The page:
Health Check: Woman raises awareness of SMA - News, Weather and Classifieds for Southern New England

Health Check: Woman raises awareness of SMA

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Alyssa Silva Alyssa Silva
CUMBERLAND, R.I. -

A 23-year-old woman from Cumberland is making a name for herself while raising awareness about a rare form of muscular dystrophy.

The type she has is almost always fatal in childhood. Her story is providing hope, and so is the money she's raising.

Alyssa Silva graduated in the class of 2013 from Bryant University. And after 13 years, she has turned her WOW Productions in to a nonprofit organization.

WOW is an acronym for Working on Walking, something Alyssa would someday like to do. WOW Productions is all about raising money and awareness about her disease, spinal muscular atrophy.

"SMA is a genetic motor neuron disease that affects all muscles, including head and neck control, walking, crawling, breathing," Alyssa said.

"We started noticing it at four months of age," said Dori Silva, Alyssa's mother. "She wasn't rolling, she wasn't crawling."

Within a month came the heart wrenching diagnosis.

"The doctors told my parents I would live at most two years. I'm 23 now so I beat the odds on that," Alyssa said.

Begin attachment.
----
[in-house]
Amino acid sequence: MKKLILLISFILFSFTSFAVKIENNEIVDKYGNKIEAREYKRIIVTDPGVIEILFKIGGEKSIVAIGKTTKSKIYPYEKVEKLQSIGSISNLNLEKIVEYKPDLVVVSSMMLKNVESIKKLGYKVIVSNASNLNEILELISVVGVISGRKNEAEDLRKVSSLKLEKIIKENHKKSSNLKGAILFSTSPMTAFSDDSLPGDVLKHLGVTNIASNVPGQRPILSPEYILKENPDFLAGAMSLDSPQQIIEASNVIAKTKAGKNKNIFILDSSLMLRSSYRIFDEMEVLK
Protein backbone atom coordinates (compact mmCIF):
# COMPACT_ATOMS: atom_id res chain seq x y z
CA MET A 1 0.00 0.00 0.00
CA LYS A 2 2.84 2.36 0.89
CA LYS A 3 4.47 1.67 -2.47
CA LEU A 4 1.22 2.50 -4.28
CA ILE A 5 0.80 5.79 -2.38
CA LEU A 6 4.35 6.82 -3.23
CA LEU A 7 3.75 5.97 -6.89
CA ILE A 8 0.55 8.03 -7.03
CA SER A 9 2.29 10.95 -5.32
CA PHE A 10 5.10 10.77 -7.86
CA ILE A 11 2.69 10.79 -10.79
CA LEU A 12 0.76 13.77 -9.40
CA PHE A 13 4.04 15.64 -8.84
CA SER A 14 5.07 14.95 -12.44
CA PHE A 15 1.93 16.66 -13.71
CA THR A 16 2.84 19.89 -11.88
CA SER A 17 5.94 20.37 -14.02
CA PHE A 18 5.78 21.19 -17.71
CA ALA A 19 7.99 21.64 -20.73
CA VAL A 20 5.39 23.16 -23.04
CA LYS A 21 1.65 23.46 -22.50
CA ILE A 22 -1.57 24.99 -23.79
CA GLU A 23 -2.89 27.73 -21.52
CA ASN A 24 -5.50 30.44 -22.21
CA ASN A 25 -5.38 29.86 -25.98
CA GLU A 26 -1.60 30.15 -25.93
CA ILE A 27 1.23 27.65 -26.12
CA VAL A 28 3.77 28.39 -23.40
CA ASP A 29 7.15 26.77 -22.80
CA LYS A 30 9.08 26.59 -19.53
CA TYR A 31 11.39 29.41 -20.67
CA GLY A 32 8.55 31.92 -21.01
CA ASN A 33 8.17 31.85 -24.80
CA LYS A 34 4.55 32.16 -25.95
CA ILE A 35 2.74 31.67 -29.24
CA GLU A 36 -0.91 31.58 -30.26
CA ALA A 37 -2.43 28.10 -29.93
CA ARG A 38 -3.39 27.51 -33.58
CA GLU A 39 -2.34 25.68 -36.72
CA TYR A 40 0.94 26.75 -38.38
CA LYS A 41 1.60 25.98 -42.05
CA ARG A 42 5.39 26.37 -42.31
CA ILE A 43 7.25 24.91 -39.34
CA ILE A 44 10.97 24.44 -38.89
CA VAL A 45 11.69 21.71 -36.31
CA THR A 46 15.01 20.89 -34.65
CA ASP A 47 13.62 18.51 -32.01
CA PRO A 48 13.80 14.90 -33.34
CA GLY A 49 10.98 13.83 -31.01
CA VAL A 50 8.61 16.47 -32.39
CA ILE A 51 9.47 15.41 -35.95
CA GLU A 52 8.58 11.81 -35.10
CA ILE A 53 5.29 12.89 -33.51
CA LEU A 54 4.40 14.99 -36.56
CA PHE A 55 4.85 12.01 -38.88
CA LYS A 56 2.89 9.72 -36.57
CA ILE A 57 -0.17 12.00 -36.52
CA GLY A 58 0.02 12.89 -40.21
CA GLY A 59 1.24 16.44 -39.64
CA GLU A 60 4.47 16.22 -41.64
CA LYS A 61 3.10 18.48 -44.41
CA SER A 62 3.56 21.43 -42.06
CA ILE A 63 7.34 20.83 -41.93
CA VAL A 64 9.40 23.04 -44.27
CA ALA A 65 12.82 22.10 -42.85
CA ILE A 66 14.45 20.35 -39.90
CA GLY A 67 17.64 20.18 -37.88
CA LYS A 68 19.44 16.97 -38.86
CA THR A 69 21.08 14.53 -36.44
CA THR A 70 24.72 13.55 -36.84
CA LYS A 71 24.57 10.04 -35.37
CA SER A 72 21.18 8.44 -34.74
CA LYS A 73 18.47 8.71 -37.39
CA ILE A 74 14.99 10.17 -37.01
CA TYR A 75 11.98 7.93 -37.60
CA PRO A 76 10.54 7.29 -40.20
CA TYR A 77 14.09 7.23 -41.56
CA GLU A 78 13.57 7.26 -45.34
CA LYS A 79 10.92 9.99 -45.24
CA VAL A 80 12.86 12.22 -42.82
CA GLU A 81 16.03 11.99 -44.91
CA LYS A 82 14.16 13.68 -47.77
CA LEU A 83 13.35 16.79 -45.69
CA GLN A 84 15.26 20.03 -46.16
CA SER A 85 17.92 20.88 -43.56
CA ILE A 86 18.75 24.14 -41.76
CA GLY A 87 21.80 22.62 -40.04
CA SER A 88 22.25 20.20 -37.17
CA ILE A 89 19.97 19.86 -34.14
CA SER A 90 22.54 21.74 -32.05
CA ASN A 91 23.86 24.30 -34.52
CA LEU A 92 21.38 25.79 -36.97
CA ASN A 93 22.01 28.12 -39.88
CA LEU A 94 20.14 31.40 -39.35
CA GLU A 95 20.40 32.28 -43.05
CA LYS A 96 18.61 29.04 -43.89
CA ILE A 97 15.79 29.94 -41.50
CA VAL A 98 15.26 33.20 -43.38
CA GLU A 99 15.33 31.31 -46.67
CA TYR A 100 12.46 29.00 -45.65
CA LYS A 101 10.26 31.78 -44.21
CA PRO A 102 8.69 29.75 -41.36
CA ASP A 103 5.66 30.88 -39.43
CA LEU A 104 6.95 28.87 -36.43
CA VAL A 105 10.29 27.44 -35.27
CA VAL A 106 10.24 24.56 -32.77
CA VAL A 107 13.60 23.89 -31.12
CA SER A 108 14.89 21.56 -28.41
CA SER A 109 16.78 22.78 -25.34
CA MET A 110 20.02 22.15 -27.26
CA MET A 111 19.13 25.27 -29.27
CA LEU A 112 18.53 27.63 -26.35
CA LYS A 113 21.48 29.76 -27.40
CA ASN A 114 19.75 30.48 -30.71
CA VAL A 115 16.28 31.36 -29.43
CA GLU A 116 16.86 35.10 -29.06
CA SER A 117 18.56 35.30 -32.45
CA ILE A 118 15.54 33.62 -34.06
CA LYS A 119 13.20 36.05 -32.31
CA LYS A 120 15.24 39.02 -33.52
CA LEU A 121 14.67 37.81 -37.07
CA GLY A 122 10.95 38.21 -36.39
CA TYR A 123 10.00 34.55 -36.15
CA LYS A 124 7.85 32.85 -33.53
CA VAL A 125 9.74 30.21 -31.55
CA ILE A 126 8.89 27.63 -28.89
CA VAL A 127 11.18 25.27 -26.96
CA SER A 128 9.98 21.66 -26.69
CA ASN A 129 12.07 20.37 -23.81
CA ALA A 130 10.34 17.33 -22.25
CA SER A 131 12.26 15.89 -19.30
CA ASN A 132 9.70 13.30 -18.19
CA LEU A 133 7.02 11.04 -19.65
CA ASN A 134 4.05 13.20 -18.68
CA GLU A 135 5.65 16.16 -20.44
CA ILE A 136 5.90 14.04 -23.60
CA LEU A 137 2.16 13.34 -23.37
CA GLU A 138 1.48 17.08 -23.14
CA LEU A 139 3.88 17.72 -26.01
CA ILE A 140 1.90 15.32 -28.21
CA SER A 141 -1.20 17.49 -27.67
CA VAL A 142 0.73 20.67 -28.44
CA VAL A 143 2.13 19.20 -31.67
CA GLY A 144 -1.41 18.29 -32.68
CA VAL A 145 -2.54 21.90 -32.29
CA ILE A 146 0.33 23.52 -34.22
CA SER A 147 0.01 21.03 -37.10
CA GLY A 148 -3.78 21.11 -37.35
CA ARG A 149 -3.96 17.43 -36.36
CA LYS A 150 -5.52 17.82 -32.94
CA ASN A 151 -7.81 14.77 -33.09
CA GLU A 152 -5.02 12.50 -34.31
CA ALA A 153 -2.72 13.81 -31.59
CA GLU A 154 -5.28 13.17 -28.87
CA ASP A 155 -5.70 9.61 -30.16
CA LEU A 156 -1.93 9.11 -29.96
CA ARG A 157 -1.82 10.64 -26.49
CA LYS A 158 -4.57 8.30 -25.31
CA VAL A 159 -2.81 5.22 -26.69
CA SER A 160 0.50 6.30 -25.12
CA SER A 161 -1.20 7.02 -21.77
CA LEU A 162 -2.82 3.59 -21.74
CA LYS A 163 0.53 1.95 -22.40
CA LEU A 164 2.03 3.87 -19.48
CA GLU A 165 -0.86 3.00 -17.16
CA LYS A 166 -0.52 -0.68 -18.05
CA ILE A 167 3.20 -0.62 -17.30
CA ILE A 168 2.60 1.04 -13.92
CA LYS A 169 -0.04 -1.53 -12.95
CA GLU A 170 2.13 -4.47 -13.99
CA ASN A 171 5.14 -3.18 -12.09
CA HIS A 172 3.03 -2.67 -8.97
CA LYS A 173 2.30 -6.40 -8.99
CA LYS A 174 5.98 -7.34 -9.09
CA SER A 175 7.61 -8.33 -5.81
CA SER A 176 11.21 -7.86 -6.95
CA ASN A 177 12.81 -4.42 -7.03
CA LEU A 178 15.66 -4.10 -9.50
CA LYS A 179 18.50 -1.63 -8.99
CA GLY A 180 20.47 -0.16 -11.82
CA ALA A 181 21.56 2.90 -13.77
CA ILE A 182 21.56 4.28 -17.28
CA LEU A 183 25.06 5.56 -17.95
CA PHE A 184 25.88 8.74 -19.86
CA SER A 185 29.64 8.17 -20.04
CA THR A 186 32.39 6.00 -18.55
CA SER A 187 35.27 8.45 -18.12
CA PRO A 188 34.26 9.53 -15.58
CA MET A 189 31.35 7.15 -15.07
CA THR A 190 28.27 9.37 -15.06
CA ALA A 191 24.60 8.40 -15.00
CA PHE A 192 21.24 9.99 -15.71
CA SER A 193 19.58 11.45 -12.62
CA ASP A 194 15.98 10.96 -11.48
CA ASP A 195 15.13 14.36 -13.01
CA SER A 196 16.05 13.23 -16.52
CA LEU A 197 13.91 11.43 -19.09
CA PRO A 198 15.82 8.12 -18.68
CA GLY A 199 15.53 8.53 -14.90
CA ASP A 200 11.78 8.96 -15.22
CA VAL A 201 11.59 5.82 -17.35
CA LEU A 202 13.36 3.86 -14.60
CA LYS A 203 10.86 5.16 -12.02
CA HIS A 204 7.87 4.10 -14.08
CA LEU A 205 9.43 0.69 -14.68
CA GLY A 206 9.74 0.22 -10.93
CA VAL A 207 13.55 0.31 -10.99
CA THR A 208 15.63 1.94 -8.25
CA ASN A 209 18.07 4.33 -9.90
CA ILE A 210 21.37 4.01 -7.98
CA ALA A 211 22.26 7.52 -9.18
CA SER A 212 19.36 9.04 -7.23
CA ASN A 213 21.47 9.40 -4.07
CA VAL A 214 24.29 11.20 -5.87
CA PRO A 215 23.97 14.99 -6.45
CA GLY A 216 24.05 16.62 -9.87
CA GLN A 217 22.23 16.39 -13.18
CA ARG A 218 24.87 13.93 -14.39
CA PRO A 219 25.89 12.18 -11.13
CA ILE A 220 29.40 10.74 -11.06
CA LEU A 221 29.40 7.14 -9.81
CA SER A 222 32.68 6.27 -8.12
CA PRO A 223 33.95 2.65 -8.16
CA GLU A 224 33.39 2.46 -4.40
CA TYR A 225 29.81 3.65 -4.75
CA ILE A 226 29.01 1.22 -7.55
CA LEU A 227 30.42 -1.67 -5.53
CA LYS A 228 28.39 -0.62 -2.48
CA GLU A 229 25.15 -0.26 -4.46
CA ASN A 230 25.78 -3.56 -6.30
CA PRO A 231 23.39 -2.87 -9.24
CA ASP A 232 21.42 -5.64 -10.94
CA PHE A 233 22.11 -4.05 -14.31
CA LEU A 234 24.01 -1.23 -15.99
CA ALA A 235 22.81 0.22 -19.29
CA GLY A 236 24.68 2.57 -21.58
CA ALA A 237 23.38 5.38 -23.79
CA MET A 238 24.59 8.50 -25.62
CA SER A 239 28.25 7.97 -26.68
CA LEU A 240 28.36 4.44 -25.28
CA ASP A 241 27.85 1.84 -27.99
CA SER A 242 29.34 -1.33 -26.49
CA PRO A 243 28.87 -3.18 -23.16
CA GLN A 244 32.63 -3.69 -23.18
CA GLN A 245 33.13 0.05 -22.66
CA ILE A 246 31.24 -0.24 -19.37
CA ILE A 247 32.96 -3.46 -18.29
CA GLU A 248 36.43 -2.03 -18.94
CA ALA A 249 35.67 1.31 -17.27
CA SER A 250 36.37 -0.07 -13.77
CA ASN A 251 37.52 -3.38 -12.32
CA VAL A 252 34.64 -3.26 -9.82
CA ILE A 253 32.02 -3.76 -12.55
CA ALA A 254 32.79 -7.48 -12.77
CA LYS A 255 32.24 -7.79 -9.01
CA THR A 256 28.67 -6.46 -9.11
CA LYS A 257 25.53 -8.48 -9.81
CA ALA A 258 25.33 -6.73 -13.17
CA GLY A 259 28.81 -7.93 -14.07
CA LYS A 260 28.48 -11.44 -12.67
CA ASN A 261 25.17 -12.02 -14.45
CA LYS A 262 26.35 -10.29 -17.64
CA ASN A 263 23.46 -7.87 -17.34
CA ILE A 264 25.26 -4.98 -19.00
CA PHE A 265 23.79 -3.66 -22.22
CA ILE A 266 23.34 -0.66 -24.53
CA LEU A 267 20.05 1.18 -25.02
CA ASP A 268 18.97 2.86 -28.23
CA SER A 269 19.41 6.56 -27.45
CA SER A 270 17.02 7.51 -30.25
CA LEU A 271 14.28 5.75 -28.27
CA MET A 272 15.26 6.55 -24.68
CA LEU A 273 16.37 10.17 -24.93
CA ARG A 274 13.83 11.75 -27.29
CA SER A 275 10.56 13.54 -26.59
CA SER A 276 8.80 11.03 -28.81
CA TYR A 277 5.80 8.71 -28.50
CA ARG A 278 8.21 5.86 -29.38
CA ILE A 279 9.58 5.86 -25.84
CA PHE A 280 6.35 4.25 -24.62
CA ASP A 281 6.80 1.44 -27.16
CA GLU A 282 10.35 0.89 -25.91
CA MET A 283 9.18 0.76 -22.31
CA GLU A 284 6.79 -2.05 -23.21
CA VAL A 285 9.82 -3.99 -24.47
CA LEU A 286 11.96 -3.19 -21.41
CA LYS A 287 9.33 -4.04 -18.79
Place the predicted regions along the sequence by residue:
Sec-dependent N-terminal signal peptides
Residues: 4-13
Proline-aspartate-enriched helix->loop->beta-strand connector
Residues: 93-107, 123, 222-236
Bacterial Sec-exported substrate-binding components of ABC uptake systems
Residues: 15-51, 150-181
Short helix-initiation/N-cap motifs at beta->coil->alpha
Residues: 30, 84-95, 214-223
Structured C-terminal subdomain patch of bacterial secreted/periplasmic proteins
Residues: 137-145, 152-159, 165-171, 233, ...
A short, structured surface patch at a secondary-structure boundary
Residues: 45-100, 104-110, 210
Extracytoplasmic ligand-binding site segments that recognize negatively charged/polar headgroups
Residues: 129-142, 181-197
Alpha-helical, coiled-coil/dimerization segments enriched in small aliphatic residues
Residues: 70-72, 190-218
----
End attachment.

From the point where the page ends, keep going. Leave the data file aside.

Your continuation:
And she continues to amaze. Under the umbrella of WOW, she holds annual fundraisers every August. She designs and sells greeting cards, and she's working on a documentary.

"She's done remarkable. Her campaign is Dare to be Remarkable right now, that every child with SMA can do something with their lives," said Phil Silva, Alyssa's father.

Alyssa also writes a blog with inspirational headlines like "I have SMA. SMA doesn't have me."

The blog made her a sort of rock star in SMA circles. She found that out during a recent trip to Washington, where she met with local lawmakers while attending an SMA conference in Maryland.

"The first time it happened we were in the elevator of the hotel and someone looked at her and said, 'You're Alyssa Silva.' … Whether we were in a shop or out at breakfast, parents coming up to her and saying thank you so much for your blog, for your words because this is such a hopeless disease, but you are giving me hope," Dori said.

"I realize how blessed I am to still be doing so well and I feel I need to give back to other people who need the hope and inspiration," Alyssa said.

Alyssa's Dare to be Remarkable campaign is actually a documentary she's working on, and she's in the midst of planning her upcoming fifth annual SMA fundraiser at Twin River in Lincoln in August.

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